Landscape gardening, puberty, chaos theory, infidelity, academic competitiveness, Lord Byron, intellectual parochialism, the solving of a centuries-old mystery, classicism, romanticism, and the second law of thermodynamics; these are the stuff of Tom Stoppard’s 1993 play, Arcadia. What fun! It was a great way to end this year’s visit to the Shaw Festival!
Seeing this production offered a rare treat in theater going; a production that was thoroughly enjoyable but with no surprises. I say ‘rare’ because I like surprises in the theater; a new interpretation, a fresh point of view. There was none of that here, and yet it was a terrific evening’s entertainment. Being a Shaw Festival production, it was no surprise that the set and costumes were beautiful. I was not surprised that the actors were talented and beautiful. The play is set in an English country house drawing room. The action alternates between events taking place in the early 17th century and related events in the present day. ‘Time’ is a almost a character in Arcadia.
I’d seen the play before so I knew it was sharp and witty. This play is smarter than I am. It challenges me to understand it. Enjoying Arcadia is not a passive experience. I like that. In that sense, it reminds me of Michael Frayn’s wonderful play Copenhagen. The plot involves science of which I have only the vaguest understanding but my lack of knowledge doesn’t interfere with the theatrical enjoyment. Arcadia is like Copenhagen; but funny!
Tom Stoppard is a prolific writer of plays for the stage and the screen; both large and small. I first become aware of him from his play Rosencrantz and Guildenstern Are Dead for which he won his first Tony Award for Best Play, in 1968. He won his fifth Tony Award 40 years later in 2007 for The Coast of Utopia. I recall seeing a television production of On The Razzle, his play adapted from the same source material that gave Thornton Wilder The Merchant of Yonkers and The Matchmaker…and gave Jerry Herman Hello Dolly. Along the way there were The Real Thing, Travesties, The Real Inspector Hound and many more. His screenplays cover a spectrum from Terry Gilliam’s Brazil to the 2012 re-make of Anna Karenina. He won an Oscar for his screenplay for Shakespeare in Love.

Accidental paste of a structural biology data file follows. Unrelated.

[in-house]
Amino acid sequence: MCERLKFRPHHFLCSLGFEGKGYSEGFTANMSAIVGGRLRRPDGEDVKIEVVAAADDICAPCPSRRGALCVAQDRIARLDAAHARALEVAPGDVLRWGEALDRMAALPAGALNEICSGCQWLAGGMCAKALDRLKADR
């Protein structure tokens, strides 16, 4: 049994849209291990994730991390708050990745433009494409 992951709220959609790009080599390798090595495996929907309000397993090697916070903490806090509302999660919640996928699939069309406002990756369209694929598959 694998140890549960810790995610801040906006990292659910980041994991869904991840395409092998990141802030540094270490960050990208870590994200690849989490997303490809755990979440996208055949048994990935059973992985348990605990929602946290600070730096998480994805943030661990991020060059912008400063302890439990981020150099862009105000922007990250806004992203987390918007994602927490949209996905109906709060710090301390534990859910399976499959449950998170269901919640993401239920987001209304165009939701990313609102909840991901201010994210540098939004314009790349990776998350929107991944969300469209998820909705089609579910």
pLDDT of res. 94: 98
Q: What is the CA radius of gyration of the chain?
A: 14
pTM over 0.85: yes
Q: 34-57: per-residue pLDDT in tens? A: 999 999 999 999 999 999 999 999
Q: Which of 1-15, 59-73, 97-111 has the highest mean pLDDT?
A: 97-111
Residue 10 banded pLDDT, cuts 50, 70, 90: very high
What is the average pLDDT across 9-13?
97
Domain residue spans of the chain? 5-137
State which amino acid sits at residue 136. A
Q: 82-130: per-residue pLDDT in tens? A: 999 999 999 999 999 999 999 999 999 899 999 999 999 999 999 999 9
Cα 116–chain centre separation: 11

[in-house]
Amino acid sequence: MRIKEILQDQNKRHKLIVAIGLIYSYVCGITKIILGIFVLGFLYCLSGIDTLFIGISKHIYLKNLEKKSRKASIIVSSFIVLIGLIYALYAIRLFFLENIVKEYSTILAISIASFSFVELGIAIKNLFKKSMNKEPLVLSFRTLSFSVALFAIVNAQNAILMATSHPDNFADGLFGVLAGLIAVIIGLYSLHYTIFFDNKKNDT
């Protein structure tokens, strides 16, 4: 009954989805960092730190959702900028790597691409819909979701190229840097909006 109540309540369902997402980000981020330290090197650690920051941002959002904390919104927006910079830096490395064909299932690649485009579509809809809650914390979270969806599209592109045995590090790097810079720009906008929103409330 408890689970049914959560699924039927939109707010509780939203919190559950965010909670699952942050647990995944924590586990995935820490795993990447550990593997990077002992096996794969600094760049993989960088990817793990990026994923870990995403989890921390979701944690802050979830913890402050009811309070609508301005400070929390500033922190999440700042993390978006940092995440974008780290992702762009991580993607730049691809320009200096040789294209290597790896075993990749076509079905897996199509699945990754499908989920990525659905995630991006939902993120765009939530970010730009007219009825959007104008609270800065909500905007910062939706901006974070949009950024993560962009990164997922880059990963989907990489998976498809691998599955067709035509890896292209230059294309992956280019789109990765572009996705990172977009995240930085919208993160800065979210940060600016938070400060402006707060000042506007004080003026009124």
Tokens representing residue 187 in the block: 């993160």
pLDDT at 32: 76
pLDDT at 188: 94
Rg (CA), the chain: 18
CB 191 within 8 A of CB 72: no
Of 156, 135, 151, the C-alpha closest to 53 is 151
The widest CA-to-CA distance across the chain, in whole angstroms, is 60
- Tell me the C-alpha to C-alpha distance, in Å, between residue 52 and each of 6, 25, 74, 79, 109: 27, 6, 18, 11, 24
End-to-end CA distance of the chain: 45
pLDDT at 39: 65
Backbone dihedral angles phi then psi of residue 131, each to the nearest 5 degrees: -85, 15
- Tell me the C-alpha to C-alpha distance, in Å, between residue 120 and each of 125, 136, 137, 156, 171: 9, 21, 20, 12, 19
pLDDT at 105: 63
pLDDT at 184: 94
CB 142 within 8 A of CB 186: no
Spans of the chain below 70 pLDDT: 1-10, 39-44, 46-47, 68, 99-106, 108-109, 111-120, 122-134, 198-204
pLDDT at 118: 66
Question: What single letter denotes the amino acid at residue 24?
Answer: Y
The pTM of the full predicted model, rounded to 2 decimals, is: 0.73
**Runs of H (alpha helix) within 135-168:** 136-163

My only suggestion to improve the experience seeing Arcadia at the Shaw Festival would be to stage it in one of the Festival’s other venues. The staging feels like it was meant to be performed on a proscenium stage. That works well for the play but sacrifices some of the intimacy I hope for in Studio Theater productions. I wish they’d swapped venues with Faith Healer. Both would have benefitted. Venue notwithstanding, it was a terrific production and a suitable ending for Niagara-On-The-Lake 2013.